Fla. mayor addresses aging ambulance fleet

Tampa Mayor Bob Buckhorn said the city’s ambulance fleet, which is the oldest in the region, hasn’t been updated due to a half-billion dollar revenue shortfall


By EMS1 Staff

TAMPA, Fla. — The mayor of Tampa addressed the city’s aging ambulance fleet and why it has not been updated.

After an ABC Action News investigation found that Tampa’s ambulance fleet is the oldest in the region, Mayor Bob Buckhorn said the economy is to blame.

“We just lived through the worst recession since the Great Depression. Obviously, we have to prioritize,” he said.

The investigation also found that the Community Investment Tax collected millions of dollars over more than 20 years that could have been used to fund new ambulances, but instead went to a new park, which Buckhorn said would increase private investments by millions of dollars.

“We were struggling with the loss of half a billion dollars in revenue,” he said. “As mayor, you have to make these decisions. You try to give the departments what they need, it's never enough. But you do what you have to do, and you work hard at maintaining the assets that you have.”

According to the investigation, however, the aging fleet is not maintained properly by the city.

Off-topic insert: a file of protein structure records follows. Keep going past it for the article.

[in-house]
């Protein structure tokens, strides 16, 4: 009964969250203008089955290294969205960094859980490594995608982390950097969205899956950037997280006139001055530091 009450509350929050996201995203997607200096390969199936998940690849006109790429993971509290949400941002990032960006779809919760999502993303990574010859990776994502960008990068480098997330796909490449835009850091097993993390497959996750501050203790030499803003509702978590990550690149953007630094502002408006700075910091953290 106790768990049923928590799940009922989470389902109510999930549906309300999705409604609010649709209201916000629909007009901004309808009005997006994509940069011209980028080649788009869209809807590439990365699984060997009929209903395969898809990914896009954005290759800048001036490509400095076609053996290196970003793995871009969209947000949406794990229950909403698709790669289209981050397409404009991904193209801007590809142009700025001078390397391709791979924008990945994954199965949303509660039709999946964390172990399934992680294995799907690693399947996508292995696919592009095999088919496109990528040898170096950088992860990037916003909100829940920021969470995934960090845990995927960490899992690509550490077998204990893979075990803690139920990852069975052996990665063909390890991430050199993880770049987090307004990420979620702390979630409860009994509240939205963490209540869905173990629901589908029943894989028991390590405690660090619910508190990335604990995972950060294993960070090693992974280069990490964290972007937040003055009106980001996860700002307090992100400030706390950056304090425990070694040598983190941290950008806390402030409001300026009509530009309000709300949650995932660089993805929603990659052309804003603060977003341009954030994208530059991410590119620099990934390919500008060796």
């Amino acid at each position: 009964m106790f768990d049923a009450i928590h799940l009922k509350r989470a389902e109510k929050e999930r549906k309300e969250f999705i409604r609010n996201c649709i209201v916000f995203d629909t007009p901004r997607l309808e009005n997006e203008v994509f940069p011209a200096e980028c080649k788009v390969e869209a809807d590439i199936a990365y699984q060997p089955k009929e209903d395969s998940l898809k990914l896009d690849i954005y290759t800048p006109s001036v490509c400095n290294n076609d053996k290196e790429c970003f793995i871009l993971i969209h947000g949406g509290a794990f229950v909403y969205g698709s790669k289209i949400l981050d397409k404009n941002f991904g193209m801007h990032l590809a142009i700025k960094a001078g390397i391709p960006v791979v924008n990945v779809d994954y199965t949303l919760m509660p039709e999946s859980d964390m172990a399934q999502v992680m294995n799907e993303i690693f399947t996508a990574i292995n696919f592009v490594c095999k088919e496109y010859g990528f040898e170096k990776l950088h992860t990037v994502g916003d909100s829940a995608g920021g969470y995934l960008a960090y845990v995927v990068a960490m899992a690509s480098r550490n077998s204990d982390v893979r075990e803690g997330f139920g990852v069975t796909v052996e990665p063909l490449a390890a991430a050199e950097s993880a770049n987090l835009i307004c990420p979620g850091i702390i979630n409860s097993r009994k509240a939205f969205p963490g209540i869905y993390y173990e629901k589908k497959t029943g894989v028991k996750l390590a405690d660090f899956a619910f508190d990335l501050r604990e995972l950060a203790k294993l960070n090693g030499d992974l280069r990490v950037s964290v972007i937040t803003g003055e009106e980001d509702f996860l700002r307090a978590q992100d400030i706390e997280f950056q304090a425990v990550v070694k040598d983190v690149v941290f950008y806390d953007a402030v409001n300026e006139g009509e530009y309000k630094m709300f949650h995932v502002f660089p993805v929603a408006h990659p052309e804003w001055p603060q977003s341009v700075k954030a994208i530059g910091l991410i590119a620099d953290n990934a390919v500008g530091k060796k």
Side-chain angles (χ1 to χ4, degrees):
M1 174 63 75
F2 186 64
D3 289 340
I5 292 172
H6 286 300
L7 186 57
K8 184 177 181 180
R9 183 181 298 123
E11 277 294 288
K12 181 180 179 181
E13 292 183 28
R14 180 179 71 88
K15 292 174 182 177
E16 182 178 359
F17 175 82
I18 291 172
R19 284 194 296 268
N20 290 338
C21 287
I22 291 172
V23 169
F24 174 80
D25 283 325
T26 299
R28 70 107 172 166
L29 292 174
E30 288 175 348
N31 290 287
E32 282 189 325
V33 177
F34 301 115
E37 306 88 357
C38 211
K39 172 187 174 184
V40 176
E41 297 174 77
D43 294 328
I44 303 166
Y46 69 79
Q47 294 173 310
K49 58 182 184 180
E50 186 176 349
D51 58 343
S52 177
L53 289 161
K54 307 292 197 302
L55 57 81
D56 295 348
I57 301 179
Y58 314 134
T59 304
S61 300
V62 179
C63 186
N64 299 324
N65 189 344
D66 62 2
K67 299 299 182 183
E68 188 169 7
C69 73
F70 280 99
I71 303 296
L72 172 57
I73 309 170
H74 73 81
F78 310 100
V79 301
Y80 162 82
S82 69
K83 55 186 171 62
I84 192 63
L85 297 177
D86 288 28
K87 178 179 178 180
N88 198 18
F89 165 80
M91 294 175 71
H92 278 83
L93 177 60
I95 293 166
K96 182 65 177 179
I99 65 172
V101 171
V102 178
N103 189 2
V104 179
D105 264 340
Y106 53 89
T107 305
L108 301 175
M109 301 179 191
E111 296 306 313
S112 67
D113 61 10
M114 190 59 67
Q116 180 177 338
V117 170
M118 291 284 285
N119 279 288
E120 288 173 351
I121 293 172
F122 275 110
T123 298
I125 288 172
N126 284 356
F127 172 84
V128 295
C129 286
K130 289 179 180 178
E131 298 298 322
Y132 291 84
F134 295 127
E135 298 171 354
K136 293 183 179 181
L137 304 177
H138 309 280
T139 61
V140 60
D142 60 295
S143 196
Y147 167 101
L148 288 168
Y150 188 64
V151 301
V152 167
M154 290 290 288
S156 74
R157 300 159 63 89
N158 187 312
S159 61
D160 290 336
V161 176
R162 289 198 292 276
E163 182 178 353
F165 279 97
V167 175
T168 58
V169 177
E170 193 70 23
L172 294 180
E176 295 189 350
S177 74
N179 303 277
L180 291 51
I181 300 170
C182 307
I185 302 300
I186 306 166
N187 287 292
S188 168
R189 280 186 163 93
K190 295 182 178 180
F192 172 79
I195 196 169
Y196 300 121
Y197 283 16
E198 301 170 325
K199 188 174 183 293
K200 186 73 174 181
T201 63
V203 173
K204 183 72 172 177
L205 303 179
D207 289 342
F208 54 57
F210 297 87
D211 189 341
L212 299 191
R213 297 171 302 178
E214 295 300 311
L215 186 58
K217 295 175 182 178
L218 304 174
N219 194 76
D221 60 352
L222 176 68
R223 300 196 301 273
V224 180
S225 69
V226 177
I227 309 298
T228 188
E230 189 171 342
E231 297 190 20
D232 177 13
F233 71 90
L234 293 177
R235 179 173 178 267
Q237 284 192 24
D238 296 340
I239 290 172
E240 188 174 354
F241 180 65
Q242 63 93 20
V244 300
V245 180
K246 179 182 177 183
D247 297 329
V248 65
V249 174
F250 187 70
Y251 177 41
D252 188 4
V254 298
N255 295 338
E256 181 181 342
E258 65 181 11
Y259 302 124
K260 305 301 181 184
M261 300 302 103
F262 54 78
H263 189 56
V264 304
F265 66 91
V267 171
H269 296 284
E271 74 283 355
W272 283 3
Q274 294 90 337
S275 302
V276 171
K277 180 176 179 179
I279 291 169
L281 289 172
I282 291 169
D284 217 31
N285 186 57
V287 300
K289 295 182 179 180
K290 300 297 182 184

A 2007 ambulance that had 229,000 miles had been in the shop 16 times in two years, and was three weeks overdue for maintenance when it broke down in 2016 outside of the home of Richard Bateman, who had suffered a heart attack.

Bateman later died after it took nearly an hour to get him to the hospital, and his wife Amy is pushing for the city to do more.

“These ambulances need to be updated and maintained. They should work. They should work at all times,” she said.

Buckhorn is leaving office in May, and said the next mayor will “have a great opportunity to add to the fleet.”

All four mayoral candidates are demanding the ambulance fleet be upgraded.

 

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